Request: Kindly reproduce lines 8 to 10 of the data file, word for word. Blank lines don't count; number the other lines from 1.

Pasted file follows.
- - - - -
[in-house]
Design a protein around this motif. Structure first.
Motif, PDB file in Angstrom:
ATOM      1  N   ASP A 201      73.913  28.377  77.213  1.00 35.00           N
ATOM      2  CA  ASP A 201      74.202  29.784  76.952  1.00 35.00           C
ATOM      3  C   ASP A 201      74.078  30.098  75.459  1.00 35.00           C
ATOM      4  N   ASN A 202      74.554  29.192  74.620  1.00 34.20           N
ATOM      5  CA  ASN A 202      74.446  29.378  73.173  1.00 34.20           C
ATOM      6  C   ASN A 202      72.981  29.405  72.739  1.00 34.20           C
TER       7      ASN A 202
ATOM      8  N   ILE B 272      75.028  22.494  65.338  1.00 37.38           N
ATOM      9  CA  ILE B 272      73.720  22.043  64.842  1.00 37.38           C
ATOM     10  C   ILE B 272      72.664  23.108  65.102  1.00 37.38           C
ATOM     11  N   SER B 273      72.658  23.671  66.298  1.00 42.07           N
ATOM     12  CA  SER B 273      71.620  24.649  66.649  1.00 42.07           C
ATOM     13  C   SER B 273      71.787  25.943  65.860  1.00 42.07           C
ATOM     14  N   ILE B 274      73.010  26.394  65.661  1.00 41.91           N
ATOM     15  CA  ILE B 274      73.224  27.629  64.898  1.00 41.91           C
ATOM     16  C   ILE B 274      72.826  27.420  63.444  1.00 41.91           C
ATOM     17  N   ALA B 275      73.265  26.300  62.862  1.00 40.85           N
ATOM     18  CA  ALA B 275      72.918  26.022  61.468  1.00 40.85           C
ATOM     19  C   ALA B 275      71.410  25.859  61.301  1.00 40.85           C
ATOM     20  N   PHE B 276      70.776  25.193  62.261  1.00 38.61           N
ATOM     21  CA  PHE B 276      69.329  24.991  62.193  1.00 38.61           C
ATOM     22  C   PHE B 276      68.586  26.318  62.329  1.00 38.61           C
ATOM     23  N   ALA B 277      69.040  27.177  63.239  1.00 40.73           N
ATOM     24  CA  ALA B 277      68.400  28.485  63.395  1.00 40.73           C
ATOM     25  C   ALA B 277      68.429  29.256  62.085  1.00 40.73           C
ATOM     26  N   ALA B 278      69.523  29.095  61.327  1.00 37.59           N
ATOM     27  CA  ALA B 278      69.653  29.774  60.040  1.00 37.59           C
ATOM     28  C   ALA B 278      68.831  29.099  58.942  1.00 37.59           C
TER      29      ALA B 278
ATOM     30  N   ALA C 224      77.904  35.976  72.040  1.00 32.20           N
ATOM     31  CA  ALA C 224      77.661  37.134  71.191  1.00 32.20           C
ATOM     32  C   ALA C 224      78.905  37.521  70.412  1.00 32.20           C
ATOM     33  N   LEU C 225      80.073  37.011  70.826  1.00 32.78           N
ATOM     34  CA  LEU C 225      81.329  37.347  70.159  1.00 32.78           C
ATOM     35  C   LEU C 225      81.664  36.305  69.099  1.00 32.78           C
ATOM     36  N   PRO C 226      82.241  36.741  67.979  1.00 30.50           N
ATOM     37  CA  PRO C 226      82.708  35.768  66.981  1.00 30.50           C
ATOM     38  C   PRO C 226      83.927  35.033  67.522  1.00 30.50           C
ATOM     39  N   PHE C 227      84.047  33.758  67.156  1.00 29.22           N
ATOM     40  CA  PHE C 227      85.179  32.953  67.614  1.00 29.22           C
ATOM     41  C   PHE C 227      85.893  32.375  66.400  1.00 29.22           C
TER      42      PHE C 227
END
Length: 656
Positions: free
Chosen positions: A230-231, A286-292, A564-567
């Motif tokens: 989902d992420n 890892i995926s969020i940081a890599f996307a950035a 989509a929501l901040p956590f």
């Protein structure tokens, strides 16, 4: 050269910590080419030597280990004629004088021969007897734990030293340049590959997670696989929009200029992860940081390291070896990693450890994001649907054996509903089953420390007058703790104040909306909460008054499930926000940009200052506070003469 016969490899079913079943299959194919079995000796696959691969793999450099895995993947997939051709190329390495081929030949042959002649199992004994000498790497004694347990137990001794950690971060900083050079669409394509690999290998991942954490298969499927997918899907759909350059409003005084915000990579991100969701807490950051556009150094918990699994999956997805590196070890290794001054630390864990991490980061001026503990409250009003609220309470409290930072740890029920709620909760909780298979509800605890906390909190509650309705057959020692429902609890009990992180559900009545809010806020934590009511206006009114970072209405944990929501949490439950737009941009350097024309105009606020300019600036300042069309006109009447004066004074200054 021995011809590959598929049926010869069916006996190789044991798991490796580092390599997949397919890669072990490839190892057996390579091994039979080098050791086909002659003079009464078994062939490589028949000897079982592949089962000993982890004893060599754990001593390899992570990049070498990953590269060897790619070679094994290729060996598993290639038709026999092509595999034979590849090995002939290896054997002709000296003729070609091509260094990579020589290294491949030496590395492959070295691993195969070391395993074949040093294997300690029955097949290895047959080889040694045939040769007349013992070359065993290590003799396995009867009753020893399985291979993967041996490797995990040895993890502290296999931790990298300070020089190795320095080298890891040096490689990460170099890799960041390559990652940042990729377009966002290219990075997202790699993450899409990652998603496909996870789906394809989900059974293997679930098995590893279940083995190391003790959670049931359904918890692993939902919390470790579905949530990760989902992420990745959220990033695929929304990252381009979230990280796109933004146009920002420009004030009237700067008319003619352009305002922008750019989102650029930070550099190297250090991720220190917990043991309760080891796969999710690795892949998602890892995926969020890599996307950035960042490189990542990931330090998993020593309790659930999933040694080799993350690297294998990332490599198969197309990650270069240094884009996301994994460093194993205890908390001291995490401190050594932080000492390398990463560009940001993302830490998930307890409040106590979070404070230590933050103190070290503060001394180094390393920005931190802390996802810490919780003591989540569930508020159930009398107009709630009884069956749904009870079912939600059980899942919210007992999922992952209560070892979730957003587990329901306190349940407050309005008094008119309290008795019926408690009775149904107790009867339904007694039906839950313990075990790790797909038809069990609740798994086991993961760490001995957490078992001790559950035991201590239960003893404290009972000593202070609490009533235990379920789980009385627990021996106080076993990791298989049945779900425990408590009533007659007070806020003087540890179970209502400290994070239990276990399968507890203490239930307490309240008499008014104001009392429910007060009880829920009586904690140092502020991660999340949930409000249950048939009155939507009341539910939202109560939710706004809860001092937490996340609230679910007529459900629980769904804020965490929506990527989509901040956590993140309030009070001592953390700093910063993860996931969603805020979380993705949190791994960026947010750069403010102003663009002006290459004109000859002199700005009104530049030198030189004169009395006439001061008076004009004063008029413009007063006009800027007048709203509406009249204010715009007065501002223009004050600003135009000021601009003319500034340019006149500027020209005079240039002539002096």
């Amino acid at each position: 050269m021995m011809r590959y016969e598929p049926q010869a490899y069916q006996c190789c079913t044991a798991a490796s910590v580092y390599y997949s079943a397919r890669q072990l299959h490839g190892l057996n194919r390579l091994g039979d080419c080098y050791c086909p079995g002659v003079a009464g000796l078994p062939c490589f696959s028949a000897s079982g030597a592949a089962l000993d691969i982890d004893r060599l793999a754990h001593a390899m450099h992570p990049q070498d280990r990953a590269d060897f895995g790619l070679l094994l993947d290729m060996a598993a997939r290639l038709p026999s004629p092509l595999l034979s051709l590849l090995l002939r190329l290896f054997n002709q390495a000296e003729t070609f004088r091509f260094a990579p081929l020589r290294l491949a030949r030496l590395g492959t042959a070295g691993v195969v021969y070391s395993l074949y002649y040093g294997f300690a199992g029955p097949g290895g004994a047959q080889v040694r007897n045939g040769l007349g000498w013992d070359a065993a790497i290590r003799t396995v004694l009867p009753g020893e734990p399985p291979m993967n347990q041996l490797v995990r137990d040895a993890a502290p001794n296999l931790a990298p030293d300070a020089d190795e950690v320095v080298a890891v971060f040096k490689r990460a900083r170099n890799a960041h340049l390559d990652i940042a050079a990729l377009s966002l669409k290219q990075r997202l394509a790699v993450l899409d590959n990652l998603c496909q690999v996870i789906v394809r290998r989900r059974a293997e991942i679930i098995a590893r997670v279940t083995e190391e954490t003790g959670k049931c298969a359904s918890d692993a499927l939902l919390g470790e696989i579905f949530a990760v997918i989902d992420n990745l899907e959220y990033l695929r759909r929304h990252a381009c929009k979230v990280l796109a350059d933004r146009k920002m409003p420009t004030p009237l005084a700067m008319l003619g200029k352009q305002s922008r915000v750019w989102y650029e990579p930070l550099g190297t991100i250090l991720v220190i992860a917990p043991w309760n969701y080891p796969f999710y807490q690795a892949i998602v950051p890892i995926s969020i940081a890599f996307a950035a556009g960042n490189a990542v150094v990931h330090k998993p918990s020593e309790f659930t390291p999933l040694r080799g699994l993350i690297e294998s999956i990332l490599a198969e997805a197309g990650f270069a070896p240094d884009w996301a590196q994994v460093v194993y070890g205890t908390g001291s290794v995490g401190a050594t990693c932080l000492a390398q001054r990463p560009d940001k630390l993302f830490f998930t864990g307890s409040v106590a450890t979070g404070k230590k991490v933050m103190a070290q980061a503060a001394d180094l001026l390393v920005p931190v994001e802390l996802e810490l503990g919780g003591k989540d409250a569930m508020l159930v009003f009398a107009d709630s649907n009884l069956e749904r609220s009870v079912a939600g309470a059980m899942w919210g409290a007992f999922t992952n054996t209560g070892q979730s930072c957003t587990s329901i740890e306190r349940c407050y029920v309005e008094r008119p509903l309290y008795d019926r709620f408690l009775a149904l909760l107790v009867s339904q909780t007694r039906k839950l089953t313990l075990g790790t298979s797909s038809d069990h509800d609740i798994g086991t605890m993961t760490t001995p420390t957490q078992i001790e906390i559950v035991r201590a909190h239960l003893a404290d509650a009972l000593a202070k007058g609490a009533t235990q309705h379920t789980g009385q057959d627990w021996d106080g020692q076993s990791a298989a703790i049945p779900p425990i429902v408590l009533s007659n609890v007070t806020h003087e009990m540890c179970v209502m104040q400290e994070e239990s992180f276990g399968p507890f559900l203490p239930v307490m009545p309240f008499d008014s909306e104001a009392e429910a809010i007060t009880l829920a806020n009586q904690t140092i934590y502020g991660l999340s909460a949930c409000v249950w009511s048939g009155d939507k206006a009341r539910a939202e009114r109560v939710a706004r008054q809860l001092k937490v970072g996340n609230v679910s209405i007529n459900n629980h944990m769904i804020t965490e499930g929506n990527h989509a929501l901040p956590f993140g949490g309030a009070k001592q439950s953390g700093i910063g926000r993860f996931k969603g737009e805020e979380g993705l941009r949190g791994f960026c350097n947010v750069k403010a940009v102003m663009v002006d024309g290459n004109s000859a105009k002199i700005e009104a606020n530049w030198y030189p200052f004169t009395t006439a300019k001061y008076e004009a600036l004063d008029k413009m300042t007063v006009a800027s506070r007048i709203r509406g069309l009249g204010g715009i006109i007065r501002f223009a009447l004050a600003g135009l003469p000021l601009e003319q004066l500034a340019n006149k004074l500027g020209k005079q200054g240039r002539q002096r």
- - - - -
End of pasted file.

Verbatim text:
ATOM      5  CA  ASN A 202      74.446  29.378  73.173  1.00 34.20           C
ATOM      6  C   ASN A 202      72.981  29.405  72.739  1.00 34.20           C
TER       7      ASN A 202